I would like to add that TAI continues to sink in intellectual honesty.

      • QET

        Agreed re FDR. I had thought of the court-packing plan but had overlooked the fireside chat innovation. To me, FDR is just more evidence that the current attempt to define “populism” as a pejorative that applies only to Trump (and a few European leaders) is intellectually dishonest. These professors, like nearly every other TAI writer, clearly loathe Trump and are searching for an intellectual dress to cover their emotional state. I will repeat here that I do not question the sincerity of their hatred of Trump, but I reject as specious and spurious the arguments they make in support of that feeling.

        Modern Western politics is conducted by the Left and by all elites only on an aesthetic plane. Obama was judged to be Beautiful by elites, academics, professional commentators, the media (TAI included); Trump is judged to be not Beautiful. That is the extent of it. The actual successes and failures, policies and positions, of the two are totally irrelevant to the judgment. This article is no more than another exercise in that kind of judging. The close association in Western thought of the Beautiful with the Good leads intellectual types to infer the fact of the latter from their perception of the former–and the absence of the latter from their perception of ugliness–without so much as even one minute of reflection, so far as I can tell.

        • Everett Brunson

          Yes. it is amazing how beguiled they became with polished rhetoric. Too, I felt much of Obama’s glibness was due more to the content on the teleprompter. Whenever he strayed off script the number of uhs and ums expanded exponentially. With Trump the continued mistake is to confuse crude speech patterns with lack of thought.More than this I’ve found Trumps instincts to be amazingly dead on.

          I try to follow what is going on behind the scenes in foreign policy and the things he, Tillerson, and Pence have accomplished in 10 months is breath taking. Not all will agree on his direction, but if they look deep enough, they cannot fault him on moving the needle.

          • D4x

            State has a photo site – not easy to find, especially the photo albums of overseas meetings:
            62 photos SecState Tillerson, Dec. 4-8, 2017 at EU Foreign Ministerial, NATO Foreign Ministerial; OSCE Foreign
            Ministerial; Paris UN&France ISGLebanon.
            SecTillerson and President Macron after ISGL conference – worth a thousand words:

            Monday, December 11, 2017 has been quite a day in foreign policy – and I only paid attention to the ME, where Putin was the newsmaker, in Egypt, Syria, and Turkey. I posted at American Greatness, where ‘Trump’s Jerusalem Gambit Recalls Harry Truman’ By Brandon J. Weichert glimpsed a bit of what we have been witnessing, without realizing
            there IS a Team of Trump-Pence-Tillerson, and, oddly, used his poorly researched essay to trash McMaster.

            At PJM, Michael van der Galien posted on December 10, 2017, his read, of Maxim A. Suchkov’s Dec. 8, 2017 “Moscow’s leverage in Syria is strong, but limited” at Al-Monitor: good, but, again, lacking in depth.

            I started my day at liveuamap, and, wow, huge day. So, I posted at both, just to clarify my analysis until I could watch the US media spin, or ignore it. No time to do that, but I did just finish up at al-Monitor, where they are using news reports by AFP. I thought that most interesting, after my expose of Associated Press’s deliberate abuse of foreign policy news out of the State Department, and that AFP was the one news source that actually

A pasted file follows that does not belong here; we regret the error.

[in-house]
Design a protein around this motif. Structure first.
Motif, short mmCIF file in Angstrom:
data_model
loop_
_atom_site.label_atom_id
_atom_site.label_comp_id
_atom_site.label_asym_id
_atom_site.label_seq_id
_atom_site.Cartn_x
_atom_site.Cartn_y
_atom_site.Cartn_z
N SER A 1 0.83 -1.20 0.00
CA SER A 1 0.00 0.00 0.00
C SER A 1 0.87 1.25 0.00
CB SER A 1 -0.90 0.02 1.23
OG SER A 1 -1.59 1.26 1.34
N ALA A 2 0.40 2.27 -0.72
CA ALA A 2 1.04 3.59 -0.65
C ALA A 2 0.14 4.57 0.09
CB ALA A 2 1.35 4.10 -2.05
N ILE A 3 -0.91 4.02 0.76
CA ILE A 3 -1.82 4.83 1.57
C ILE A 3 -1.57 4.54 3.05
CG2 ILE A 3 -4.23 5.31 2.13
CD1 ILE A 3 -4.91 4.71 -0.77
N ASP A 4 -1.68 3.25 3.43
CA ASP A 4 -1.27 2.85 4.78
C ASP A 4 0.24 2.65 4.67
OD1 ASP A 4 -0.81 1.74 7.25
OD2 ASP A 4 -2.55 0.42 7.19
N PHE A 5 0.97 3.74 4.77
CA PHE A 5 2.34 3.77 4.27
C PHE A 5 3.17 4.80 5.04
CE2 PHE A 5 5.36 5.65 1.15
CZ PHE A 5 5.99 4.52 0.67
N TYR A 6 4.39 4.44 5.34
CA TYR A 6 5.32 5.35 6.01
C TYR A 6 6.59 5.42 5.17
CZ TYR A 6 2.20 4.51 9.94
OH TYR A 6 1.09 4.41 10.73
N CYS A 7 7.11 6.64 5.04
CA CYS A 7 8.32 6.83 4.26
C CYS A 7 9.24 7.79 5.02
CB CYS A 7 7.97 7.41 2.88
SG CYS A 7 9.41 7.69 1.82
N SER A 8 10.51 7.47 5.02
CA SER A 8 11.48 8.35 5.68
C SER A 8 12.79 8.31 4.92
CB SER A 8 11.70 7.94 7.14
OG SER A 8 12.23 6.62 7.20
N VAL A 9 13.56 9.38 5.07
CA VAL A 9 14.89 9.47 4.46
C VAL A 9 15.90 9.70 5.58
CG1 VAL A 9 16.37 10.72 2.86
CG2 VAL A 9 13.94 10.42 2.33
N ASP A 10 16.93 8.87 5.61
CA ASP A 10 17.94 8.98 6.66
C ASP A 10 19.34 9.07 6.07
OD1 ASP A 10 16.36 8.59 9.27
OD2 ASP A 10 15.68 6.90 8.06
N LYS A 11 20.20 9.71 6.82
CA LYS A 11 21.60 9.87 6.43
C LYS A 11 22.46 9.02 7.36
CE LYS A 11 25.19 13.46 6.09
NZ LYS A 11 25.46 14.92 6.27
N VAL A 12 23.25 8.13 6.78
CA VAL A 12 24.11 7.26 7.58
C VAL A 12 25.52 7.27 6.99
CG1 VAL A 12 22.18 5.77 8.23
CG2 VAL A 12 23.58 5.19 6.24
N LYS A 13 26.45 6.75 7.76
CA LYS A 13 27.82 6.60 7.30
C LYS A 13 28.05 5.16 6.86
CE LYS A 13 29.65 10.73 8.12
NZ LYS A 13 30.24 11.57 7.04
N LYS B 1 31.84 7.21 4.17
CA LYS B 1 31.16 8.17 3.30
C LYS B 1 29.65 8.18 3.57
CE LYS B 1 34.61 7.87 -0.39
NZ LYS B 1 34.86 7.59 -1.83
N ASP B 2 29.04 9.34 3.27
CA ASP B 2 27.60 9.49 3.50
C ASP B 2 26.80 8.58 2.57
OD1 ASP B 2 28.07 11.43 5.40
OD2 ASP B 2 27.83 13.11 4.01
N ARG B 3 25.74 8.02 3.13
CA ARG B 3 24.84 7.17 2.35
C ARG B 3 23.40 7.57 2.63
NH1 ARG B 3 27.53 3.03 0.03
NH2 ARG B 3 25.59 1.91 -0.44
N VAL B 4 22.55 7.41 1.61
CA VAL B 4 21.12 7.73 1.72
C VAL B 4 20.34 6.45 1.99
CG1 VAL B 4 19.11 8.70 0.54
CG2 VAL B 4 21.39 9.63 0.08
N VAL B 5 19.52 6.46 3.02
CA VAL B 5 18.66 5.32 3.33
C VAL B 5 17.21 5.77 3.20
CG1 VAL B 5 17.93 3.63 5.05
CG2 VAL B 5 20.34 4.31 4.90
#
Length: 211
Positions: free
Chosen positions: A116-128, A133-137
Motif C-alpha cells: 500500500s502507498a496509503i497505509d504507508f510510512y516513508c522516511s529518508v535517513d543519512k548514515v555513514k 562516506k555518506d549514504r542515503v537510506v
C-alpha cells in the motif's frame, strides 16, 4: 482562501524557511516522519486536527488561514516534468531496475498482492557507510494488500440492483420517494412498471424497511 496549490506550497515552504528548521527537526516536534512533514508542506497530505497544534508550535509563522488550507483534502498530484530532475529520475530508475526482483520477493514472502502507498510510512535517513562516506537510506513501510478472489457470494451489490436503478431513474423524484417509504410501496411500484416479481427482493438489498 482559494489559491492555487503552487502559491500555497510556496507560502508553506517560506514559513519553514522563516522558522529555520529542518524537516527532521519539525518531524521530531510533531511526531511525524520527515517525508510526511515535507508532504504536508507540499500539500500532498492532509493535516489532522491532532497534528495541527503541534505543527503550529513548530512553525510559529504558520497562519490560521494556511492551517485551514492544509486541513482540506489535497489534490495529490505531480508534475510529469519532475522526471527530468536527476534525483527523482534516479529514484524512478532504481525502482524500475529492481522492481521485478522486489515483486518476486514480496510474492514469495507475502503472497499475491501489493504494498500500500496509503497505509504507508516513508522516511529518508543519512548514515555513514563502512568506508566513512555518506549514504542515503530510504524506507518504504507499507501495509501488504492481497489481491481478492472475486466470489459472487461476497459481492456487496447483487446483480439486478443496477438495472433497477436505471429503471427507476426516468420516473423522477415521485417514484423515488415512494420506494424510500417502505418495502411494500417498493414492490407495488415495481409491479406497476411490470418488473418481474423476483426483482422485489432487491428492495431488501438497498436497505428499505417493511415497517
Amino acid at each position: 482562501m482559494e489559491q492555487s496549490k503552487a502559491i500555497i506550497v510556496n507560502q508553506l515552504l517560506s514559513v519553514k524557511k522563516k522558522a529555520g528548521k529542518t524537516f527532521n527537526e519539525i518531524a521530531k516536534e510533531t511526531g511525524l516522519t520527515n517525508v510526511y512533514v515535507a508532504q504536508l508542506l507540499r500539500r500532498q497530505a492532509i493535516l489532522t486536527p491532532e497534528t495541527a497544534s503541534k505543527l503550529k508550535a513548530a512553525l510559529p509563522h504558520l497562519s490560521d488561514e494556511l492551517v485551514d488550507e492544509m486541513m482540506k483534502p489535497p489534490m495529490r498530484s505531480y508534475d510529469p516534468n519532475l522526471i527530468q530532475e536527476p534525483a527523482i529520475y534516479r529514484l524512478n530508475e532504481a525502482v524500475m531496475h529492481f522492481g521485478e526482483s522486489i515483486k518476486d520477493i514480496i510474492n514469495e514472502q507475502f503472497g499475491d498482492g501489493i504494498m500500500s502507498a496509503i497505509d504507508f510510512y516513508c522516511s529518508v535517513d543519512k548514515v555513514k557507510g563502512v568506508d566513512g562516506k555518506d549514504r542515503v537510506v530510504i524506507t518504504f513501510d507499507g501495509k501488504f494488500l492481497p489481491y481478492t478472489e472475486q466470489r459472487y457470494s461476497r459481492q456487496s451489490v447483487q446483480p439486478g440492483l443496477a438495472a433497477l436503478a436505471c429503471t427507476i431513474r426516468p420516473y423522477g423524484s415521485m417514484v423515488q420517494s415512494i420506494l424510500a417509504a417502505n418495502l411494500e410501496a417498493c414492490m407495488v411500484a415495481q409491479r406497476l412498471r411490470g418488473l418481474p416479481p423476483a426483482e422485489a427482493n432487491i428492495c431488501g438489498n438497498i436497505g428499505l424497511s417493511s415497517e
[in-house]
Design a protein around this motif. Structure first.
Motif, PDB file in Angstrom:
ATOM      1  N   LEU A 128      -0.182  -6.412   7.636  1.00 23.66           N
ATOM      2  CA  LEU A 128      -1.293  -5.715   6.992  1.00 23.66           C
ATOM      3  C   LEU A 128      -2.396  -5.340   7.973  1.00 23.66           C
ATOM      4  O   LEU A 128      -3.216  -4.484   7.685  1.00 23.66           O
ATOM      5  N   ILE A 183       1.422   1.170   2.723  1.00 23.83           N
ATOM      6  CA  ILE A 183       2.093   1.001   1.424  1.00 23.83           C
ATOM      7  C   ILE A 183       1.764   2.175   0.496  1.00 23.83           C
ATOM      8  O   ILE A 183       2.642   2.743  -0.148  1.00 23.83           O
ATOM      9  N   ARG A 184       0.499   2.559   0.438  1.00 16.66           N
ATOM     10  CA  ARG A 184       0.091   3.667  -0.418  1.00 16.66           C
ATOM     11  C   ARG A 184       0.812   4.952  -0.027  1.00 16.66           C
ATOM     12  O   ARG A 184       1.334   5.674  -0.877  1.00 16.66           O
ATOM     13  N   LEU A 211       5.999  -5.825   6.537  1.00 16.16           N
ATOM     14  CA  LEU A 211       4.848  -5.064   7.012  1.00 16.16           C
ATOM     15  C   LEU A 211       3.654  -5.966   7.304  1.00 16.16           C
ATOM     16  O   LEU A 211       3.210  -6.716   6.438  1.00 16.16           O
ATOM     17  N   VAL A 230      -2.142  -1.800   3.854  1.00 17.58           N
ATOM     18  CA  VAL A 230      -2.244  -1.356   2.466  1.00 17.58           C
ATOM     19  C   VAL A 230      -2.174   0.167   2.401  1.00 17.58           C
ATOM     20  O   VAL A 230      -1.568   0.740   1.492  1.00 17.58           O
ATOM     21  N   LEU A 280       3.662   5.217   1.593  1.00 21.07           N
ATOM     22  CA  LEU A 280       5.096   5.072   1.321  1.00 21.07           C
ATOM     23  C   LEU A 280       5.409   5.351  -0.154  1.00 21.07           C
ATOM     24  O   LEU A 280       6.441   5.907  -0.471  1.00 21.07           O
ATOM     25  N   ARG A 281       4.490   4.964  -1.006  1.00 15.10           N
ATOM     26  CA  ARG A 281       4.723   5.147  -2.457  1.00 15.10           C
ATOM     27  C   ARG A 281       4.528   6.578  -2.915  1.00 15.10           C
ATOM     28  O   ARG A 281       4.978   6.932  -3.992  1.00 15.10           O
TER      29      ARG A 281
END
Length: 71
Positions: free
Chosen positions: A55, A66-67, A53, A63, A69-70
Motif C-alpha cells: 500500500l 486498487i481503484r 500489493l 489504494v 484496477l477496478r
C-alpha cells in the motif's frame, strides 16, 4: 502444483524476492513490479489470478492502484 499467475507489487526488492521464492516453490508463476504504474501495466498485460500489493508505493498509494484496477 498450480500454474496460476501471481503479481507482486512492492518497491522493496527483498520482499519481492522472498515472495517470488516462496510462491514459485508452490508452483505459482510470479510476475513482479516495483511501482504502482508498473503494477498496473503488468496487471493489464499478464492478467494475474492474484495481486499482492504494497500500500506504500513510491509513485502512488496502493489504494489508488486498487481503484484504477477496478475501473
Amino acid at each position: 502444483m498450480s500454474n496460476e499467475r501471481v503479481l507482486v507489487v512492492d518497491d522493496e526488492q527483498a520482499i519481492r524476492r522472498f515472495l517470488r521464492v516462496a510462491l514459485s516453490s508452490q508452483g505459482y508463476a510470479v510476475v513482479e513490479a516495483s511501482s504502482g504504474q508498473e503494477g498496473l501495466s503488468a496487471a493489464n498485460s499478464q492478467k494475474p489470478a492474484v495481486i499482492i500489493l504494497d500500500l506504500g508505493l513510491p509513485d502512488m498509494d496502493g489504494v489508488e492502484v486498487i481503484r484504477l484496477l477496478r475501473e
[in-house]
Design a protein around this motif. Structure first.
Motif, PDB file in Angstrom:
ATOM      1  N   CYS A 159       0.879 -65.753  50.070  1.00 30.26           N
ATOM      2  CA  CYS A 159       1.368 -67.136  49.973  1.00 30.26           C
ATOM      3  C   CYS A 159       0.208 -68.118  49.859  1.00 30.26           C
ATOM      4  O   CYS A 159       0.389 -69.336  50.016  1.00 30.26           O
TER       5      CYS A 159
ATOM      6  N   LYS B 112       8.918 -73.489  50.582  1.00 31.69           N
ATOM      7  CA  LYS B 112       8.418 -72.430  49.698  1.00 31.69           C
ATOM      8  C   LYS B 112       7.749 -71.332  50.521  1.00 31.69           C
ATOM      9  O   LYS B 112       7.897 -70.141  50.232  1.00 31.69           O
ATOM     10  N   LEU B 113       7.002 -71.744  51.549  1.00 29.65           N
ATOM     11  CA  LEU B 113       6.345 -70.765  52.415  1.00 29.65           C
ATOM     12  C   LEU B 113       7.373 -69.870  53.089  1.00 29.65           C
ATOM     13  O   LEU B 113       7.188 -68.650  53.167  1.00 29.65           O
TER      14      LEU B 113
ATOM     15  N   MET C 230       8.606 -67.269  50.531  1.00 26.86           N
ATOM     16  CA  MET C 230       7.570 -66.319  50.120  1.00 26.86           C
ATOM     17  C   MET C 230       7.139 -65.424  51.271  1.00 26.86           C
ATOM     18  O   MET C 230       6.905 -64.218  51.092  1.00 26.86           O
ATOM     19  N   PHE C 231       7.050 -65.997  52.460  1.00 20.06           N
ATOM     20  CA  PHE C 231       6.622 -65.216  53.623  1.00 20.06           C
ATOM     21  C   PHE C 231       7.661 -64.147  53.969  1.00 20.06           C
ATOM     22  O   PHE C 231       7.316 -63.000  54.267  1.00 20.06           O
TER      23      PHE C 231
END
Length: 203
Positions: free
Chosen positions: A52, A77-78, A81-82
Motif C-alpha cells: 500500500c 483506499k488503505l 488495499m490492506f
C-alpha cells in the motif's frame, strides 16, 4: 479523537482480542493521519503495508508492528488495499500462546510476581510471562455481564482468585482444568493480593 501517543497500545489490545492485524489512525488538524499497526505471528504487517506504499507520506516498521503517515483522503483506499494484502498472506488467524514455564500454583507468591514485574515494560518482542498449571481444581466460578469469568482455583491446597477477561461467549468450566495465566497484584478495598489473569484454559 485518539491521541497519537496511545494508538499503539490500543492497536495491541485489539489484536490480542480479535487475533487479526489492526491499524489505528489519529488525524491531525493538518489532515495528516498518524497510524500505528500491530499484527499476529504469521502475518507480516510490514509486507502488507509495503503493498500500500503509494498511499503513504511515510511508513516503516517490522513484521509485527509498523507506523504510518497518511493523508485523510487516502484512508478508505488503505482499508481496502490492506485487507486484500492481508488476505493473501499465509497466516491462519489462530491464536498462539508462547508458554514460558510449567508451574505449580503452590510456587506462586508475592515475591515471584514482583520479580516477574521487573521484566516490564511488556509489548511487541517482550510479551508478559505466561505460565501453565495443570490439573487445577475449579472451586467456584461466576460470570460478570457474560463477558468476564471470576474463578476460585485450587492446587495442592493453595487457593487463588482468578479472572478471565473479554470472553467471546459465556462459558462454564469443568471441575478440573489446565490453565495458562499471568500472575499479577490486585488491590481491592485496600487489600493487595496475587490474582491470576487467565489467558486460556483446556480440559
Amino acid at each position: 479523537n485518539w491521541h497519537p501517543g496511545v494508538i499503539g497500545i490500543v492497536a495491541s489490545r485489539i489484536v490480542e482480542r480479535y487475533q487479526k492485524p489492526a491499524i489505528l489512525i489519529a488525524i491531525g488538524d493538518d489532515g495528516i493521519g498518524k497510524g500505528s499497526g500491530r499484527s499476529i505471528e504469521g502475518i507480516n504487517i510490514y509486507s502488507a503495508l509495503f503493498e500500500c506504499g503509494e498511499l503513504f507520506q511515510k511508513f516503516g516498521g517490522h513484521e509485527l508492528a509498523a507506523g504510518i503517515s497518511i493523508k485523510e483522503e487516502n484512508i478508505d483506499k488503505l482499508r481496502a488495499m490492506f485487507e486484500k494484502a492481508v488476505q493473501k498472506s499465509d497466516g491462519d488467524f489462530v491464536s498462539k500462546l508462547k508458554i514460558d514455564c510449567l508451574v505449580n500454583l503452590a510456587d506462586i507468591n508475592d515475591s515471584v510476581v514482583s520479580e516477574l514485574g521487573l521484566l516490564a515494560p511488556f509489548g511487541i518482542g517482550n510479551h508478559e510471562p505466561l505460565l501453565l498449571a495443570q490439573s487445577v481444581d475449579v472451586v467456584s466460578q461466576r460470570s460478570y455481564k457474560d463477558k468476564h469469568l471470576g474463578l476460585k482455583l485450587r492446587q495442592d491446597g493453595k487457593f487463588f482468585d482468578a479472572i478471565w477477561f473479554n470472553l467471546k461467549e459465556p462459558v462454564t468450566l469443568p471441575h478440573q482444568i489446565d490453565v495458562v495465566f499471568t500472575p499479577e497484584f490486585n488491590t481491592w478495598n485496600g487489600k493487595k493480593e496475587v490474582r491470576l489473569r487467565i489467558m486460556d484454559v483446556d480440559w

covered the UN&France sponsored conference on Dec. 8 in Paris, of the International Working Group for Lebanon, a big deal, and obviously (to us) a breathtaking accomplishment by TeamTrump, including Sec Tillerson.

          • Everett Brunson

            I followed the conversation you had with Altalena earlier this afternoon. I was happy to just watch and listen. I didn’t have anything to contribute to the conversation.

            I have been very heartened with the Trump Administration moving closer to Saudi Arabia. That the Saudi’s see us as a buttress against Sh’ia expansion is clear, but it is also heartening to see the actual enthusiasm beyond the cold calculus of “The Game”.

            While the US apppears to be doing more for the Kurds than MSM reporting will allow, I still feel we could be doing more. Right now, anything that puts Erdogan’s panties in a wad makes me smile.

          • D4x

   changed to glossy coffee table magazine format – making it difficult to find the statements and readouts, especially with their bad search function. And, am being harassed by the troll who hijacked that Jerusalem-Truman thread – Altalena did not catch on as quickly as I did. Now the troll followed me here. I flagged him for targeted harassment here, but can no longer cognitively block online hate. Have been avoiding him every time I see him – he is one of those whose role is to distract, using the storm front guidebook recently exposed at HuffPo
            I will be in touch, anywhere but here. Time to disappear again.

      • D4x

        Thanks so much Everett – I stopped with UT-Austin profs Weyland and Madrid at paragraph 9: “In
        practice, Latin America’s systems of government also diverge from U.S. presidentialism.[…]”,
        went to the comments. QET nailed it with Obama, and you with FDR, although we would all agree it was Wilson who laid the groundwork for both.

        TAI has betrayed my trust so often in 2017, after being a dim ray of light after The New Republic went 24/7 propaganda for Obama’s Organizing for America in 4Q2011, but TAI’s re-launch on Oct. 18, 2017 is beyond
        ‘sinking in intellectual honesty.’